International Shipping Federation
On 20 August 2013, the ILO Maritime Labour Convention (MLC) will enter into force and ship operators will need to be ready.
At the 2006 Diplomatic Conference which adopted the MLC, ILO also adopted a Resolution which recommends that Port State Control (PSC) should not commence until 12 months after entry into force, i.e. August 2014. However, some port states, if they have ratified the MLC, may still decide to subject ships to PSC inspections to check compliance with the MLC from 20 August 2013.*
The following advice is intended to help ship operators avoid potential PSC problems.
The ILO MLC addresses a wide range of matters including shipping companies’ obligations regarding seafarers’ contractual arrangements, oversight of manning agencies, working hours, health and safety, crew accommodation, catering standards, and seafarers’ welfare.
Provided that they put in the effort, the vast majority of companies should not have any difficulty complying with the substance of the Convention, which in large part is derived from existing ILO maritime standards and accepted good employment practice.

However, the enforcement mechanism is new. Shipping companies therefore must get to grips with the certification process in order to avoid port state control problems, and take appropriate measures in the event that flag states have not issued required documentation or guidance.
* EU Members States, in conformity with an EU Directive, are required to implement ILO MLC standards from 20 August 2013. In theory this could involve PSC inspection of ships registered with other EU Member States, even if the port state has not ratified the MLC.
The International Shipping Federation (ISF) is the identity used by the International Chamber of Shipping (ICS) when acting as the international employers’ organisation for ship operators.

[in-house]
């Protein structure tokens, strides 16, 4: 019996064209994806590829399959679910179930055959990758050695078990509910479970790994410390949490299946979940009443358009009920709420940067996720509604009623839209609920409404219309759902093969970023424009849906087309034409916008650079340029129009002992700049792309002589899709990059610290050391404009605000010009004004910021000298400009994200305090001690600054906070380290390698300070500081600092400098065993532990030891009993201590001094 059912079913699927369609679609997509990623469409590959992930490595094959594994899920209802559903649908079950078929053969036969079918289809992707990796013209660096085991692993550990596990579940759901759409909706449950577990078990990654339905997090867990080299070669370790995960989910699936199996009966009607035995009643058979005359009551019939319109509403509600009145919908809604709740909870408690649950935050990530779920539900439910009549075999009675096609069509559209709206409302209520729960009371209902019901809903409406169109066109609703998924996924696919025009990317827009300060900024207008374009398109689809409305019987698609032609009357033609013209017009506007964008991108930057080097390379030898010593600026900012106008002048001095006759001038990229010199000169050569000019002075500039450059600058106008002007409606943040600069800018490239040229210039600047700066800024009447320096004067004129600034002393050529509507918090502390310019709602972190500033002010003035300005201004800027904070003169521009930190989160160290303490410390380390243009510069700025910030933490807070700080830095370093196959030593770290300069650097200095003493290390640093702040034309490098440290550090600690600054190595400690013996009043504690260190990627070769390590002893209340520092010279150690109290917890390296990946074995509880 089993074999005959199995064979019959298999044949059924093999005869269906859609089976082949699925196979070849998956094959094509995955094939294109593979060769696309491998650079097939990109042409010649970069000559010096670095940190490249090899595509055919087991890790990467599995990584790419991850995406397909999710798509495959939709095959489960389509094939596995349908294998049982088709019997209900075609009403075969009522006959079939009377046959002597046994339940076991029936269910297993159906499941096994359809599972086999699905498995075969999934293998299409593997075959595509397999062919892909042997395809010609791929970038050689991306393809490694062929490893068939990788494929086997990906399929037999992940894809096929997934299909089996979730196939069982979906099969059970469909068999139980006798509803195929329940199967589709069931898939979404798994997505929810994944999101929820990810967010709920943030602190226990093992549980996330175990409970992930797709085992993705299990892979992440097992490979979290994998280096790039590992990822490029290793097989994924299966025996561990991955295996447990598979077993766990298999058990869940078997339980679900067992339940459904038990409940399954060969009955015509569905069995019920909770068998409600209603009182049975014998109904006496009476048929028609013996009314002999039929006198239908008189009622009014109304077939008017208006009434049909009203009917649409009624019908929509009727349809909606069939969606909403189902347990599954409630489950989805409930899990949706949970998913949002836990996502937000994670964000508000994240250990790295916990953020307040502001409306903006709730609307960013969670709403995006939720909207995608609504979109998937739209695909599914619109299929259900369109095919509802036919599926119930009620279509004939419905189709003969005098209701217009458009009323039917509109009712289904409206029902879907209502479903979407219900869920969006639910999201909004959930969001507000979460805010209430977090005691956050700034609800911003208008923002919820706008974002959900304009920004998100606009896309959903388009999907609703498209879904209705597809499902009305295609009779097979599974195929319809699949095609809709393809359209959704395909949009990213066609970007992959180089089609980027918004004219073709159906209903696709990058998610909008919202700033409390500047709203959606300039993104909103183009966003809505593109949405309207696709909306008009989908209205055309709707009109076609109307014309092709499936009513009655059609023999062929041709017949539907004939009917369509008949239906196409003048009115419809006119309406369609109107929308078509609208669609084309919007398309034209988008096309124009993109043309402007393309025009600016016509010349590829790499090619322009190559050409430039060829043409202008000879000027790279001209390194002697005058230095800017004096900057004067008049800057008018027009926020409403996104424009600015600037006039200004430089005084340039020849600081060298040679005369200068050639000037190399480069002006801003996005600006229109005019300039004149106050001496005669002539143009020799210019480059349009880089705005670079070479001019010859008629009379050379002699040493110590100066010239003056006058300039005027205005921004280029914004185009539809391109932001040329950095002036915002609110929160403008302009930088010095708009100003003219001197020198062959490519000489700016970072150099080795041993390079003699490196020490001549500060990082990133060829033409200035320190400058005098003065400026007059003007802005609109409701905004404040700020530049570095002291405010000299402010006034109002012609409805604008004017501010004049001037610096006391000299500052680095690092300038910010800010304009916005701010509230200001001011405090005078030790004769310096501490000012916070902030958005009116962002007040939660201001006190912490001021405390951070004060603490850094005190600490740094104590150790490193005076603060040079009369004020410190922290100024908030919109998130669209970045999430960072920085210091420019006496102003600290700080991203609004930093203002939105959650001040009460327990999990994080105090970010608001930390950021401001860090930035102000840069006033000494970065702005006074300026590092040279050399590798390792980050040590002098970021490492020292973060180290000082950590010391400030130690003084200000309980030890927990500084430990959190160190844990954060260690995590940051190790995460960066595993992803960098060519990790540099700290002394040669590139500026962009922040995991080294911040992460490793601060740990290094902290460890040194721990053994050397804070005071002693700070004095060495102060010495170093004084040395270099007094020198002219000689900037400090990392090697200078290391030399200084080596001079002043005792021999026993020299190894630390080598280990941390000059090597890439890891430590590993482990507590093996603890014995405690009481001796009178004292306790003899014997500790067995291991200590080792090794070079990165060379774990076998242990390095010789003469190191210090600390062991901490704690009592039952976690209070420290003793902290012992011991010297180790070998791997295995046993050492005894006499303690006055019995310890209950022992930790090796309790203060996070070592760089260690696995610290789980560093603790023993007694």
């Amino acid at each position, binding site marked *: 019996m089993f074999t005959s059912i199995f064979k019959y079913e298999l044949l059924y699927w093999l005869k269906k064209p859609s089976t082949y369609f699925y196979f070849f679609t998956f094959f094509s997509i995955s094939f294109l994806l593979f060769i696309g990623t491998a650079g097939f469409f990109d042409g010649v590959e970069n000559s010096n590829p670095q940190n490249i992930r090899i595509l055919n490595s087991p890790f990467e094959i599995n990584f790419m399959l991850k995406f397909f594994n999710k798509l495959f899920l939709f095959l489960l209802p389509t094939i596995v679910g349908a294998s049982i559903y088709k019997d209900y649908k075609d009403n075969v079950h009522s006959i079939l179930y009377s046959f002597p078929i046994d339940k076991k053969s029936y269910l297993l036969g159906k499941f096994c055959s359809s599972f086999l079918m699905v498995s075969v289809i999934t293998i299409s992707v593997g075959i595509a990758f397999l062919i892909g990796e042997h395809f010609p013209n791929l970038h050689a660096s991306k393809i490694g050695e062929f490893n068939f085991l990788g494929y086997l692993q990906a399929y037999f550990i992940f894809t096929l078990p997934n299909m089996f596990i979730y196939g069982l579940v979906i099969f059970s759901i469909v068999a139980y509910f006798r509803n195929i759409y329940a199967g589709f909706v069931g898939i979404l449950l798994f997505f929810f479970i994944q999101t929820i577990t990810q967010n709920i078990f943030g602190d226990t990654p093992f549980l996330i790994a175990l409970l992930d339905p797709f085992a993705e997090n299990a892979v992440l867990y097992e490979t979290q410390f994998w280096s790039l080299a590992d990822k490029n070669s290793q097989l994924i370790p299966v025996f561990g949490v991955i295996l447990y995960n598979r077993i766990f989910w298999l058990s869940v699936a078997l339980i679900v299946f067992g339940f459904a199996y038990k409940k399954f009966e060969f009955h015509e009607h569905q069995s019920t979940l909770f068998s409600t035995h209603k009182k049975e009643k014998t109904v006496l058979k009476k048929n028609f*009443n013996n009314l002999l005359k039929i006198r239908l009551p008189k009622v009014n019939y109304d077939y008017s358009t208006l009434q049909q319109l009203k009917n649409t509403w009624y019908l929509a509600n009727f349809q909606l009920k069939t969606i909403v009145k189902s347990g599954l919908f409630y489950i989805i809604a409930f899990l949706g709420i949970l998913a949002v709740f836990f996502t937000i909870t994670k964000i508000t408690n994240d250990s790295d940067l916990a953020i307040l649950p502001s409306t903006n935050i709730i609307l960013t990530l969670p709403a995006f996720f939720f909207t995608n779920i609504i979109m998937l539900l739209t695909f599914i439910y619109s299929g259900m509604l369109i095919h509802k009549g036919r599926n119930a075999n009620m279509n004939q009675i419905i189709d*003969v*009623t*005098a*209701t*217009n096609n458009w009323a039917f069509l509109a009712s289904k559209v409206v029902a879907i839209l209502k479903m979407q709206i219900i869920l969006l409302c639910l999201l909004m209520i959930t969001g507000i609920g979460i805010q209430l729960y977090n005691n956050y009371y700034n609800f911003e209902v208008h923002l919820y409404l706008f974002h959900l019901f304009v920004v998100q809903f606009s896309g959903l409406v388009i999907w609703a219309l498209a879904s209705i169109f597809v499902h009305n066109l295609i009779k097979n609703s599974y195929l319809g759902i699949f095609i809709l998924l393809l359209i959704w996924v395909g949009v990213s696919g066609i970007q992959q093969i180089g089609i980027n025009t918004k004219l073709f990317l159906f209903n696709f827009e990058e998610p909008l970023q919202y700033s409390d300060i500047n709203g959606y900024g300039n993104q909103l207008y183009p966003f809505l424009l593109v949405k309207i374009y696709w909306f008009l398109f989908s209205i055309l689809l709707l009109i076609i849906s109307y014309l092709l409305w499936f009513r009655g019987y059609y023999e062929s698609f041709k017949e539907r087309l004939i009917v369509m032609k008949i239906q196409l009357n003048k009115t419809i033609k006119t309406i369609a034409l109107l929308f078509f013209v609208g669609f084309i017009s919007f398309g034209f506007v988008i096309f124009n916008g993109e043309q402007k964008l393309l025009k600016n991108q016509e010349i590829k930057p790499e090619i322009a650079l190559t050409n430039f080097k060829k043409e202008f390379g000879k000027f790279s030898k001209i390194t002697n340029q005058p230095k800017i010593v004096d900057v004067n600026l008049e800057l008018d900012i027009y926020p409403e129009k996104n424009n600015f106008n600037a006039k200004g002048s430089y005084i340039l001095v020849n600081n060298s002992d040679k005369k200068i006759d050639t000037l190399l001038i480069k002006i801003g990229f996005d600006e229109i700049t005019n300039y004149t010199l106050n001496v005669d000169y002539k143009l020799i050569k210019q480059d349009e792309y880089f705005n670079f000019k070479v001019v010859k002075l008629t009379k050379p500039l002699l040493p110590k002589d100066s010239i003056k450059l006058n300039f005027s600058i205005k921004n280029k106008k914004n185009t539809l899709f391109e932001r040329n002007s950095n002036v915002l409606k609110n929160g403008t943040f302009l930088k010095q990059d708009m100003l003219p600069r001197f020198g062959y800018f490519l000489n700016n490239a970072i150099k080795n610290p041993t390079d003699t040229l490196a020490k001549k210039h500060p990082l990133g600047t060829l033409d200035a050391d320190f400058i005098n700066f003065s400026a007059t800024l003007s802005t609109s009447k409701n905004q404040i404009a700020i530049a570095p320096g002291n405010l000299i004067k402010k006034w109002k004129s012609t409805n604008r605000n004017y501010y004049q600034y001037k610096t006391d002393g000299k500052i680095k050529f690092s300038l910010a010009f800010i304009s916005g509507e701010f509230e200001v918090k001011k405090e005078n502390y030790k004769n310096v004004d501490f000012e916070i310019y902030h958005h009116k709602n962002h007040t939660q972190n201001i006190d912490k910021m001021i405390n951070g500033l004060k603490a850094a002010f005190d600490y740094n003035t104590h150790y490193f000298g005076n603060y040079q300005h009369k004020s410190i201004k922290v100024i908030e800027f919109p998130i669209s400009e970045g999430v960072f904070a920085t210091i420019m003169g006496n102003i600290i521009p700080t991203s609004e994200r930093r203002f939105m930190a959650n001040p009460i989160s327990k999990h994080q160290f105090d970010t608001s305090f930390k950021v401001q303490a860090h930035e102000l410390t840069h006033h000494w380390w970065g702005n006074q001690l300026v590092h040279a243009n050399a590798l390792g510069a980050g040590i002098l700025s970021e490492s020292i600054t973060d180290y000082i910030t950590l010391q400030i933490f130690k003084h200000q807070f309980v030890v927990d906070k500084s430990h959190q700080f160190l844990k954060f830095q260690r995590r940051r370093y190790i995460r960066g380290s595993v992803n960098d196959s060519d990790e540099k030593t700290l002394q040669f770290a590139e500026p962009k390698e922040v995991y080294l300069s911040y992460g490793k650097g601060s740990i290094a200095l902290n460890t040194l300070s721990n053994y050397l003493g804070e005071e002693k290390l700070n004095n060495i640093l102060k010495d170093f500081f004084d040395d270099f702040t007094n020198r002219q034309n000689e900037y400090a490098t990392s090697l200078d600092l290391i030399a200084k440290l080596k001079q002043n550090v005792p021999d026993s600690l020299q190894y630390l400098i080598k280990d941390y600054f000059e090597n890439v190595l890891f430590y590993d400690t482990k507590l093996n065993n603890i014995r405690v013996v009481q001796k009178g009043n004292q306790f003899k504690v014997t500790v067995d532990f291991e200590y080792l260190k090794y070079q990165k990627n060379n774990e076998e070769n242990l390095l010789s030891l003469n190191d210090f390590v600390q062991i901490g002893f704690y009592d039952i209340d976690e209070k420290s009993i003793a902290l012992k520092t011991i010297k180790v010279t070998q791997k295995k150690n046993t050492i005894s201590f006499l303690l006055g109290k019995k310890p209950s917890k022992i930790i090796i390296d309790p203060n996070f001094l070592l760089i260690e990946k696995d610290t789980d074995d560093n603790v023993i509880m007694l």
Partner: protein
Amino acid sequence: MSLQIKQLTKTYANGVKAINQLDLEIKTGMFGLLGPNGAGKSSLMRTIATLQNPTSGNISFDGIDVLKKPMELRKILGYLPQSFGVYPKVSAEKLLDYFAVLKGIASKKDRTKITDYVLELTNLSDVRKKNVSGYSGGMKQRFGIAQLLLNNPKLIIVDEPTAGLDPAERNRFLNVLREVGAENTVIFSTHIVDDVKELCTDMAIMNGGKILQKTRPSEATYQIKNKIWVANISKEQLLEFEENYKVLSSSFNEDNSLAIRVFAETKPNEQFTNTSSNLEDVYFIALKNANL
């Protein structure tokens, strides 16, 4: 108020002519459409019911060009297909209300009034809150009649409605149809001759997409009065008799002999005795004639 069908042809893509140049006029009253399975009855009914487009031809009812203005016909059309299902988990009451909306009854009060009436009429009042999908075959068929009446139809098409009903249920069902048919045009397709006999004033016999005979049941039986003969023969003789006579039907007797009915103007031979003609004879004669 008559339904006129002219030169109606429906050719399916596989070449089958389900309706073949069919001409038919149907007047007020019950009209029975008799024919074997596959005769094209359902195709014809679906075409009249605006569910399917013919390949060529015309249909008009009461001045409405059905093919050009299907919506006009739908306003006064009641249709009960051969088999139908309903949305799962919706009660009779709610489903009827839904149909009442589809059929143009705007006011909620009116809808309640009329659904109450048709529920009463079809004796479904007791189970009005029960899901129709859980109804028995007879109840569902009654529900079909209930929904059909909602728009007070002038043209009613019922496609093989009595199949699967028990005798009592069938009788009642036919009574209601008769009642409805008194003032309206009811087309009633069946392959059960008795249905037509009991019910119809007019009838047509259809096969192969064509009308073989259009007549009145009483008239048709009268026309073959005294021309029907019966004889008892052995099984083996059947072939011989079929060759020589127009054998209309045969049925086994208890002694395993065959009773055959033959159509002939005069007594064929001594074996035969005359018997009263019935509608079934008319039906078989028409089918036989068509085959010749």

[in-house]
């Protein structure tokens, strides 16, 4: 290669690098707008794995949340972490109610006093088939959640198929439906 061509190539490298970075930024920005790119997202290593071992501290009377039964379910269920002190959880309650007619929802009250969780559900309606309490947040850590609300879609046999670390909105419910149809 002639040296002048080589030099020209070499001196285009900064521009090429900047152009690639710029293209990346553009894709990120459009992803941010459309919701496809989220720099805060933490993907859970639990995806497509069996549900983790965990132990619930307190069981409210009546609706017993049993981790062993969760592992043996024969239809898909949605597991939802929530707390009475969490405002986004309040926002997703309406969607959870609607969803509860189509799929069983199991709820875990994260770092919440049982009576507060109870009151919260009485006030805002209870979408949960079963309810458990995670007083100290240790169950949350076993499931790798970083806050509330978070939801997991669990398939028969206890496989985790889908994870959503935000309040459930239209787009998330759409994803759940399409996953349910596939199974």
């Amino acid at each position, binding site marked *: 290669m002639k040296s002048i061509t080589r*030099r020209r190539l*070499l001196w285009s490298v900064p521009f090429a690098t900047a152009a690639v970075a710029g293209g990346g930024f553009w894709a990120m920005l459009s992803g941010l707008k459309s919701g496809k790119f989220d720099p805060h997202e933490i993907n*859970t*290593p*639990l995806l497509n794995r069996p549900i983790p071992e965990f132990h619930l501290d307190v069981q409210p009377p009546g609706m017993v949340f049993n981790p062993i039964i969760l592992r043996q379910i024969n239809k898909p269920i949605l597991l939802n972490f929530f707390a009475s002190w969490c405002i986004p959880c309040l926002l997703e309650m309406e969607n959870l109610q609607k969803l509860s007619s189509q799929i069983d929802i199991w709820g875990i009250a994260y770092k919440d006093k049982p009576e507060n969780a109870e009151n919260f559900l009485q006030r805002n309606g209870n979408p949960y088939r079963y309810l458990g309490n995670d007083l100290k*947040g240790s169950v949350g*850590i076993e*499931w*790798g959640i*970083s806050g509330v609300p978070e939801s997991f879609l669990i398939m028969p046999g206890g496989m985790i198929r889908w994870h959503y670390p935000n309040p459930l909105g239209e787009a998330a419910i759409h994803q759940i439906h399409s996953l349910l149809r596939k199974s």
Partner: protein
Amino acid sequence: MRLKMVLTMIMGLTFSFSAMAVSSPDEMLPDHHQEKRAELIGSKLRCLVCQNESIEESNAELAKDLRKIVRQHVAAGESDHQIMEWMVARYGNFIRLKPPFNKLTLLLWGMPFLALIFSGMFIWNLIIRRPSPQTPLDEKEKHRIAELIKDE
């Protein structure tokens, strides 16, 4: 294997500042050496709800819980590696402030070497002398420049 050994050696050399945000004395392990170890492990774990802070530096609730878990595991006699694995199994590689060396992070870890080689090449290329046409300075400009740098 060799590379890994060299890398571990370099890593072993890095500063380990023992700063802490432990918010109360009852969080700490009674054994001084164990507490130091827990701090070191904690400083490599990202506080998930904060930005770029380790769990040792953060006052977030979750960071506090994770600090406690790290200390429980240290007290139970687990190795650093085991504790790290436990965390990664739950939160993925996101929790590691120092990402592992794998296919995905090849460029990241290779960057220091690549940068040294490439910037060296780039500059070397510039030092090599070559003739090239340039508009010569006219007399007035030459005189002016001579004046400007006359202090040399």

ISF co-ordinates the representation of shipowners at the International Labour Organization (ILO) in
the development of maritime labour standards.
As an official Social Partner under the tripartite ILO process, ISF was responsible for negotiating the text of the ILO MLC with governments and seafarers’
trade unions. ISF therefore has
a very special interest in wanting to ensure the Convention’s smooth implementation.
The membership of ISF and ICS comprises national shipowners’ associations from 36 nations representing 80% of the world merchant fleet.
While the advice given in this guide has been developed using the best information currently available, it is intended purely as guidance to be used at the user’s own risk. No responsibility is accepted by Maritime International Secretariat Services Limited or by the International Chamber of Shipping Limited or by any person, firm, corporation or organisation who or which has been in any way concerned with the furnishing of information or data, the compilation, publication or any translation, supply or sale of this guide, for the accuracy of any information or advice given herein or for any omission herefrom or from any consequences whatsoever resulting directly or indirectly from compliance with or adoption of guidance contained herein even if caused by a failure to exercise reasonable care.